So for our purposes a bold Alaskan ascent is a pioneering ascent that carries significant risk, relative to the route and style of the climb. The boldest of the bold ascents challenged conventional thinking and may have defied what we thought about humans in the mountains.

The Factors

To compare the ascents, however, we need the definition to provide factors for considering each ascent. These are, unfortunately, subjective. If you ever wondered how in the world the Piolet d’Or committees come to their decisions — ones you and I frequently disagree with — then try naming one ascent the boldest ascent in all of Alaskan climbing history. But for exploring the history, this is the best exercise that was compelling to me.

Please keep in mind that these factors are not standards but matters that must be considered and balanced with one another:

  1. Pioneering — Did the ascent break ground on a new route or technical challenge?
  2. Dangers — What were the risks the alpinists faced and were they extraordinary?
  3. Style of Ascent — Was the ascent done in siege-style, fast and light, or traditional alpine?
  4. Impact — Did the ascent change the way people thought about adventures in the mountains?

These factors should help with my other objective, of considering the boldest ascent in Alaska of all-time.

What’s Next

As soon as possible, while balancing a busy work season at Habitat for Humanity, family and personal responsibilities, I will roll out the top five boldest ascents in Alaska. I am going to roll them out over a five-day period while sharing a profile each day and naming the boldest ascent in Alaska on day five. In the meantime, please follow some of my thoughts on this on Twitter and Instagram with the hashtag #BoldAlaska.

[To read the next post in this series, click here.]

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Bold Alaska: First Ascent of Mount St. Elias

Quick note about Mount Everest before kicking off the review of the boldest ascents in Alaska

You might recall that before Ueli Steck was involved in an ugly scuffle on Mount Everest he was gunning for a new route up to its summit. Up to that point, the only glimmer of originality around climbing Everest was base jumping from the mountain and sending a Tweet from the summit. And, alas, Steck’s new route wasn’t to be. However, in case you hadn’t heard, Brendan Leonard reports that Canadian alpinist Raphael Slawinski is planning a new route up Everest’s northeast face. I’ll be checking in on that later.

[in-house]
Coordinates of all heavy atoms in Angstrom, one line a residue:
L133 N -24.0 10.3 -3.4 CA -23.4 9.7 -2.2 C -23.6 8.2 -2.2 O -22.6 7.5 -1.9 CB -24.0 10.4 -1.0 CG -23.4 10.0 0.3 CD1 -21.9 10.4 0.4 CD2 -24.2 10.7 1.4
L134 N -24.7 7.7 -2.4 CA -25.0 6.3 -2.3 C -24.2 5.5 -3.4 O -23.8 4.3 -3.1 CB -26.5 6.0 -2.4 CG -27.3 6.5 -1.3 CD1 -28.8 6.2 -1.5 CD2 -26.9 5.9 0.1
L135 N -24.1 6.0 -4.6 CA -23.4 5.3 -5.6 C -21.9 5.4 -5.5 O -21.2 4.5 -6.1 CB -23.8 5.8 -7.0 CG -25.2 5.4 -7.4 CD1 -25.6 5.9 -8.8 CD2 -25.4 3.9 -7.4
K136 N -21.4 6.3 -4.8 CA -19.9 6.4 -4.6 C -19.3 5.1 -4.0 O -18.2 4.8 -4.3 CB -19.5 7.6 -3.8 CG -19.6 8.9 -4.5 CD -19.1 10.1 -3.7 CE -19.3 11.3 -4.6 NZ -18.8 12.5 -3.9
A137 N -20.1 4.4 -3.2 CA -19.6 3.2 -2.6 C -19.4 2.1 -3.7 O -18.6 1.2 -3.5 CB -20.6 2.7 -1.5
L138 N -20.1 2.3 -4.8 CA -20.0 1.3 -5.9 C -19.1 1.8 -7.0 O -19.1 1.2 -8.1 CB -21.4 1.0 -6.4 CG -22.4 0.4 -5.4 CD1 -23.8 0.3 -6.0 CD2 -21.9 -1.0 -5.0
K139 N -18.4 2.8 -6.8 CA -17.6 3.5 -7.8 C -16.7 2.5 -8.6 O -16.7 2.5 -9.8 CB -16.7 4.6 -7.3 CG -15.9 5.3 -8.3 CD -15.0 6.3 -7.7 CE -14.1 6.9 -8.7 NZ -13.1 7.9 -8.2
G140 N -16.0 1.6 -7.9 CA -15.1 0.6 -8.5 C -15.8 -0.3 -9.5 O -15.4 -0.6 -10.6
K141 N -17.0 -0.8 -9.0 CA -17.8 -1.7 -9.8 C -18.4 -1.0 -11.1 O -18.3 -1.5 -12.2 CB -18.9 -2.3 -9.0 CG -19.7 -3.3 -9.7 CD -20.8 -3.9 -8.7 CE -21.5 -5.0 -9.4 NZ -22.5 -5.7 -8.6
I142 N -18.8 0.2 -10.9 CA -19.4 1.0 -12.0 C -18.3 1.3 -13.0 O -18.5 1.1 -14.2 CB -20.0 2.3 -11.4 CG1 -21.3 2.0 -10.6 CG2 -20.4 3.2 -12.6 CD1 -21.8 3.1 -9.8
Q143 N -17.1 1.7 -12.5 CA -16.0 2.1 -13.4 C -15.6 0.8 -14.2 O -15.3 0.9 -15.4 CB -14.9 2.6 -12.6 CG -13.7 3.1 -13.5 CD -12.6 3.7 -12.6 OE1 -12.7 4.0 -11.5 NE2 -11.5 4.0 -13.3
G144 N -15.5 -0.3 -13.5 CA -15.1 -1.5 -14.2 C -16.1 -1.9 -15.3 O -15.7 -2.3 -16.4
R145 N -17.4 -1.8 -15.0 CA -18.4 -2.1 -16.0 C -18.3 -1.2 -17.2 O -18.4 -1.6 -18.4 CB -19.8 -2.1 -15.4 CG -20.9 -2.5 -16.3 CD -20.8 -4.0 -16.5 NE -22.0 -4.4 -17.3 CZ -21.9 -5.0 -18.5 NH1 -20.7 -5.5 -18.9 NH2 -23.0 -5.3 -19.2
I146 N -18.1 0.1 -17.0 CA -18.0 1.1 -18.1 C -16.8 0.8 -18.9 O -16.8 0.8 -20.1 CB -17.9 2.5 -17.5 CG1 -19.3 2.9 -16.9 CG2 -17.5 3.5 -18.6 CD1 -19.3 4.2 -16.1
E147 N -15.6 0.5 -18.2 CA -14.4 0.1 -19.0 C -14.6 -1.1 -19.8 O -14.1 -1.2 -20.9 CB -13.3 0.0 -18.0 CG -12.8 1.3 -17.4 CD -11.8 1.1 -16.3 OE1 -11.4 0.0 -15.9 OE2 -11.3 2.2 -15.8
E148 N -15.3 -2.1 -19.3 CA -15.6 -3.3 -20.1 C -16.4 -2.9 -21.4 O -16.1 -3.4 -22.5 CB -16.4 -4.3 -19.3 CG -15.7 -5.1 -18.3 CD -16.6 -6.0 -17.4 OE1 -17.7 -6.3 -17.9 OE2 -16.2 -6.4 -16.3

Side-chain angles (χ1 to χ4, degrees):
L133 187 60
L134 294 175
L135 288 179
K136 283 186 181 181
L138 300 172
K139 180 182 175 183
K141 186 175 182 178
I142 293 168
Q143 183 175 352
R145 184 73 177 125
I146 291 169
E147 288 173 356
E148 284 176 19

Boldest Ascent of Alaska

So now we’re going to tour the nominees for the boldest ascent in Alaska by era. We’ll cover them in the 1800s, early 1900s, then go decade by decade from the 1960s to the present.

I believe Alaskan mountaineering is special. The venue is a vast wilderness that has been mapped but explored little by mankind. And even where mankind has stepped, like on it’s biggest attraction, Denali, the possibilities seem only as big as the imagination and there may be more white canvas left. Alaskan mountaineering, compared to other regions’ climbing, has the common characteristic for it’s most notable ascents being described as bold.

I am on a quest to name the boldest ascent in Alaskan mountaineering history. What is the boldest ascent doesn’t ultimately matter, however. But taking a journey in search of the boldest ascent in Alaska will tell us more about this place and what draws us to climb in such brash style than the answer.

Let’s go back to the first candidate:

1897 First Ascent of Mount St. Elias

In 1897, the elevations of certain peaks were not certain and word that Denali was the highest peak in North America only started making its way around certain circles early that year. By the spring, Luigi Amedeo, a.k.a. the Duke of Abruzzi, was en route with a large entourage under his leadership to reach the summit of Mount St. Elias (18,008 ft./5,489 m.) It was believed that it could be the “roof” of North America.

He and his people traveled across the Atlantic to America, went cross country to Seattle where they chartered a boat, before securing smaller boats to take them to the shore off of Mount St. Elias and hiking the remaining distance.

The Duke and his large team was tempted to storm the peak almost at once after reaching shore and the sky cleared. The mountain lies only 10 miles from the shores of Icy Bay. However, a group of experienced climbers in the Duke’s party convinced the Duke that the mountain’s near-appearance was actually an optical illusion made possible by its size and the gleaming sunlight. The approach should be patient and careful.

The expedition started climbing in late June. They experienced conditions that they had encountered only in winter in the Alps. Simple tasks of route finding, making and breaking camps, and preparing food became tedious activities. Then on July 30th, at 11:00 a.m., after 12 hours of climbing, the whole climbing party reached the summit.